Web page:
Mental Health Reform

As healthcare reform is becoming a reality, there is much to celebrate within the mental health community. This includes passage of a healthcare reform package that includes parity for mental health and addiction services, expansion of Medicaid to 133% of Federal Poverty Level, inclusion of behavioral health organizations and individuals with mental illnesses in the new Medicaid medical home state option, and authorization and increased funding for grants co-locating mental health treatment and primary care. These and a host of other provisions expand the opportunities for individuals with mental illnesses and addictions to obtain and maintain insurance coverage and access needed services.

But this is not the end of the mental healthcare battle. Simply put, mental health advocates must be ready to play in a new game, in a world where increasing numbers of individuals – by virtue of Medicaid expansion, the emerging Health Insurance Exchanges, and parity regulations – will have access to behavioral health services. We expect to see an additional 15 million individuals – an increase of 43% – eligible for Medicaid alone, with more than 30 million individuals overall who will, in the not too distant future, have insurance coverage.

But this is far more than a matter of numbers – it’s about working smarter. Advocates of mental healthcare anticipate that healthcare reform-driven service delivery redesign and payment reform will unfold at a rapid pace. In order to bend the cost curve, payment reform and service delivery redesign will change how health, mental health, and substance use services are integrated, funded, and managed. Providers must learn to practice healthcare the way healthcare will be done.

As mental healthcare providers and advocates, we must become savvy about positioning ourselves to take advantage of new markets and new opportunities to help control the design and delivery of healthcare services. We must begin to build relationships within and across the entire healthcare sector. As we revisit the concept of “managing care” for individuals and whole populations, we have to be certain that our focus on person-centered, recovery-focused treatment and services is not subsumed by the drive to “bend the curve” in healthcare costs. We must be able to demonstrate our value not only to our customers, but also as key players in these new healthcare consortia.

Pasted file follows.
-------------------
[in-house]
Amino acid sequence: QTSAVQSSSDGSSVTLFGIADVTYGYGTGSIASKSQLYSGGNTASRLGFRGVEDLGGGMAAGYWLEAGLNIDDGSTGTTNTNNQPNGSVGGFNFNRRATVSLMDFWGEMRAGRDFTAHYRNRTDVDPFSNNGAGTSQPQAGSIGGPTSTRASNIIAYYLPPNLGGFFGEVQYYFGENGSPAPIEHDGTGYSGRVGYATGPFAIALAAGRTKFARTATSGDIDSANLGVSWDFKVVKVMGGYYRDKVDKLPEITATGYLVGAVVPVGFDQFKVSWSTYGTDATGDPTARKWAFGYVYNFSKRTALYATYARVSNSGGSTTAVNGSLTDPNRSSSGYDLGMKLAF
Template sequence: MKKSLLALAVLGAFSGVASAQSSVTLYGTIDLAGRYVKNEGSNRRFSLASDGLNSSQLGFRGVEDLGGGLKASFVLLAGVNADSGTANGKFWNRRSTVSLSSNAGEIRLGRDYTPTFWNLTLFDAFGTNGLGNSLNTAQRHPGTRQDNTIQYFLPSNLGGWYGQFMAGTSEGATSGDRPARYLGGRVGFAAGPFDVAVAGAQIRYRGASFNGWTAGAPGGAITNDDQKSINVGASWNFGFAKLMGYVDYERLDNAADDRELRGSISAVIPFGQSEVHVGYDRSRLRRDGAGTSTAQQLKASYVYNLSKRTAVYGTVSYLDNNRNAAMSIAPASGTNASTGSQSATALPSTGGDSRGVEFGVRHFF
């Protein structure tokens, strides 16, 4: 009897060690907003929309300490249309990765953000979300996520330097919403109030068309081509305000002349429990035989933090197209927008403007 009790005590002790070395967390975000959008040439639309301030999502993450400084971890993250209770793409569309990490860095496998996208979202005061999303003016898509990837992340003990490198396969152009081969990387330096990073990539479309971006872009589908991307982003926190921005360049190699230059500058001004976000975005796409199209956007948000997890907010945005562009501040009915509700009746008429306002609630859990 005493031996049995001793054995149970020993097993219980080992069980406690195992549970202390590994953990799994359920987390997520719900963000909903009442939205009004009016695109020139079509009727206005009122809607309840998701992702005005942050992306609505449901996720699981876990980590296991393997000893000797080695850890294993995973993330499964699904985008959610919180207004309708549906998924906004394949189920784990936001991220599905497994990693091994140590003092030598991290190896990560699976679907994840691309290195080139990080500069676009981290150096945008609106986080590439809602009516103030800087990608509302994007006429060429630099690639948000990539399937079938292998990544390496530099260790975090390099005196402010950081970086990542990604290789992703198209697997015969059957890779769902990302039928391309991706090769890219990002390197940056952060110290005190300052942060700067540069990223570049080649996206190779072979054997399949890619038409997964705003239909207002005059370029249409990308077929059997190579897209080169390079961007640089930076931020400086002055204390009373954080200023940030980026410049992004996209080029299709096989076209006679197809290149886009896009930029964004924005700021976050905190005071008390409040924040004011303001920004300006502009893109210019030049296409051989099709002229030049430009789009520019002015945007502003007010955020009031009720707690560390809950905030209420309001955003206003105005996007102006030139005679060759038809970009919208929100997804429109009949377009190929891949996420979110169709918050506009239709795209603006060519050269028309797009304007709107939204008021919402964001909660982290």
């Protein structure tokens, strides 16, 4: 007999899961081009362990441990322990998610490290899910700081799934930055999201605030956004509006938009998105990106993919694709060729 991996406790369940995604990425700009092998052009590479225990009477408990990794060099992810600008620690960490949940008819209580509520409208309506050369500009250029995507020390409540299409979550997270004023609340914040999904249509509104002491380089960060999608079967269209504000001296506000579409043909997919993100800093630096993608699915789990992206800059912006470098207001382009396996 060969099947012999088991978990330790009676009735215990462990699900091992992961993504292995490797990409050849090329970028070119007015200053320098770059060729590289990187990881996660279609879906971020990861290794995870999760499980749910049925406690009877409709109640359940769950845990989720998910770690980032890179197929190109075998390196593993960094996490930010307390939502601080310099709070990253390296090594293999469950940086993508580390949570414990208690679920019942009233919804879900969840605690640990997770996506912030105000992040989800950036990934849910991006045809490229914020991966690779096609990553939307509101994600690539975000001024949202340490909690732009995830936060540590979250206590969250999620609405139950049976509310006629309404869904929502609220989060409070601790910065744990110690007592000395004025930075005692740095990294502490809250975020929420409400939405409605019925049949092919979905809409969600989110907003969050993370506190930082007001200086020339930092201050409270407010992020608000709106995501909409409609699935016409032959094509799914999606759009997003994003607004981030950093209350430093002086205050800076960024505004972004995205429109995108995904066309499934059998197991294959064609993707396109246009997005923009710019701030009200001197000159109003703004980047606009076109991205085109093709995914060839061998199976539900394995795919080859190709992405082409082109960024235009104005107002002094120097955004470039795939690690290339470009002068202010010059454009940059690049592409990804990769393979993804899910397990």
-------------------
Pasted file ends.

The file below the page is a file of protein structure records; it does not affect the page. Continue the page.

We must become accountable for efficient and effective services that show results across all health domains. We believe fee-for-service reimbursement will slowly become a thing of the past. So, too, will be the ability to claim that caseloads are full with no-show rates of 50% and more. We risk being left on the sidelines if we don’t move with deliberate speed to ensure continuity and timely access to care; comply with third-party payer requirements; coordinate care with a full range of health providers; and if necessary take on payers that refuse to honor the spirit and letter of the parity regulations.

We must become increasingly customer-focused, from the way we greet individuals who come through our door to the way we market our services. We should expect that with more money available in healthcare – particularly for mental health and addiction treatment – that new and well capitalized players will find behavioral health, traditionally a financially unattractive healthcare sector, far more appealing.

People will be insured and will have an increasing range of options available to them. What differentiates our mental healthcare services? Why should an individual choose to receive treatment and support from us? Are we offering services that will help them meet a full range of healthcare needs? Are our services culturally appropriate for the communities we serve? Can we help them understand and make appropriate use of their insurance coverage? We must retool our organizations with the knowledge that all individuals will now become true “consumers” of healthcare services.

At the same time, we must also be aware that our work is far from over at the state and federal level. Forty eight of 50 states are experiencing severe budget shortfalls. The threat is very real and the mental healthcare advocates are fighting hard to hold on to current funding as legislatures see an opportunity to continue to withdraw needed funds. This is surely a bad idea – even the most generous healthcare benefits will likely not cover the full range of wraparound supports that people with mental illnesses and addictions need to fully recover.

Eleanor Roosevelt once said, “It takes as much energy to wish as it does to plan.” All of our planning, advocacy, and leadership to date have borne fruit, but we must not be content to wish it all works out well. We must fight for our future – and the future of the individuals we are privileged to serve – by acting as key players in the brave new world of healthcare.